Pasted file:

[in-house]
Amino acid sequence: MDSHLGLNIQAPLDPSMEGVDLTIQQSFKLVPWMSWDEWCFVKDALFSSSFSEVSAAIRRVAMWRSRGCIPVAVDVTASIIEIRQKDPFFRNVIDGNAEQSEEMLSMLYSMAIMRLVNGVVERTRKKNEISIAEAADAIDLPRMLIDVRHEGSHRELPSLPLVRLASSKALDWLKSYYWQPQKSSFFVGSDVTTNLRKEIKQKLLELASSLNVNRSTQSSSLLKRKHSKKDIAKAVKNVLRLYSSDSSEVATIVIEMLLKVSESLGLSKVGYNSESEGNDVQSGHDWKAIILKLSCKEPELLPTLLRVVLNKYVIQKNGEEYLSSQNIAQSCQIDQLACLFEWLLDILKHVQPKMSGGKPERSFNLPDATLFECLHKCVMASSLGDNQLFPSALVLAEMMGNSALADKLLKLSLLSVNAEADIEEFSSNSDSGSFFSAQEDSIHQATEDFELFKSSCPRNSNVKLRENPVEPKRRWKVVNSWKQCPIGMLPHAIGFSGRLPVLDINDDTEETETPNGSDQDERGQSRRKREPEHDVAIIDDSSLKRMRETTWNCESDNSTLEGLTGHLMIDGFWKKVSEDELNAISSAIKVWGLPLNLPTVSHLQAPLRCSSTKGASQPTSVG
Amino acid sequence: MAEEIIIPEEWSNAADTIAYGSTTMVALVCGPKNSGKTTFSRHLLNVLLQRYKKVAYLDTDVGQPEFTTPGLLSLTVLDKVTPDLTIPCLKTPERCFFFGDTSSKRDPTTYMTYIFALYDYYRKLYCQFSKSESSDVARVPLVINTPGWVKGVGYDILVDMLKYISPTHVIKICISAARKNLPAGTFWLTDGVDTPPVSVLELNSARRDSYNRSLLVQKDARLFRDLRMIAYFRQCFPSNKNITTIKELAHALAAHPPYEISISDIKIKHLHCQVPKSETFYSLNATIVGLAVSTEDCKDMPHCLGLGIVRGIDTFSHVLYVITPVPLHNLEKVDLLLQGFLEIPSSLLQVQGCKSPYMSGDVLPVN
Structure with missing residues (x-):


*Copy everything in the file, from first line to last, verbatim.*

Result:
[in-house]
Amino acid sequence: MDSHLGLNIQAPLDPSMEGVDLTIQQSFKLVPWMSWDEWCFVKDALFSSSFSEVSAAIRRVAMWRSRGCIPVAVDVTASIIEIRQKDPFFRNVIDGNAEQSEEMLSMLYSMAIMRLVNGVVERTRKKNEISIAEAADAIDLPRMLIDVRHEGSHRELPSLPLVRLASSKALDWLKSYYWQPQKSSFFVGSDVTTNLRKEIKQKLLELASSLNVNRSTQSSSLLKRKHSKKDIAKAVKNVLRLYSSDSSEVATIVIEMLLKVSESLGLSKVGYNSESEGNDVQSGHDWKAIILKLSCKEPELLPTLLRVVLNKYVIQKNGEEYLSSQNIAQSCQIDQLACLFEWLLDILKHVQPKMSGGKPERSFNLPDATLFECLHKCVMASSLGDNQLFPSALVLAEMMGNSALADKLLKLSLLSVNAEADIEEFSSNSDSGSFFSAQEDSIHQATEDFELFKSSCPRNSNVKLRENPVEPKRRWKVVNSWKQCPIGMLPHAIGFSGRLPVLDINDDTEETETPNGSDQDERGQSRRKREPEHDVAIIDDSSLKRMRETTWNCESDNSTLEGLTGHLMIDGFWKKVSEDELNAISSAIKVWGLPLNLPTVSHLQAPLRCSSTKGASQPTSVG
Amino acid sequence: MAEEIIIPEEWSNAADTIAYGSTTMVALVCGPKNSGKTTFSRHLLNVLLQRYKKVAYLDTDVGQPEFTTPGLLSLTVLDKVTPDLTIPCLKTPERCFFFGDTSSKRDPTTYMTYIFALYDYYRKLYCQFSKSESSDVARVPLVINTPGWVKGVGYDILVDMLKYISPTHVIKICISAARKNLPAGTFWLTDGVDTPPVSVLELNSARRDSYNRSLLVQKDARLFRDLRMIAYFRQCFPSNKNITTIKELAHALAAHPPYEISISDIKIKHLHCQVPKSETFYSLNATIVGLAVSTEDCKDMPHCLGLGIVRGIDTFSHVLYVITPVPLHNLEKVDLLLQGFLEIPSSLLQVQGCKSPYMSGDVLPVN
Structure with missing residues (x-):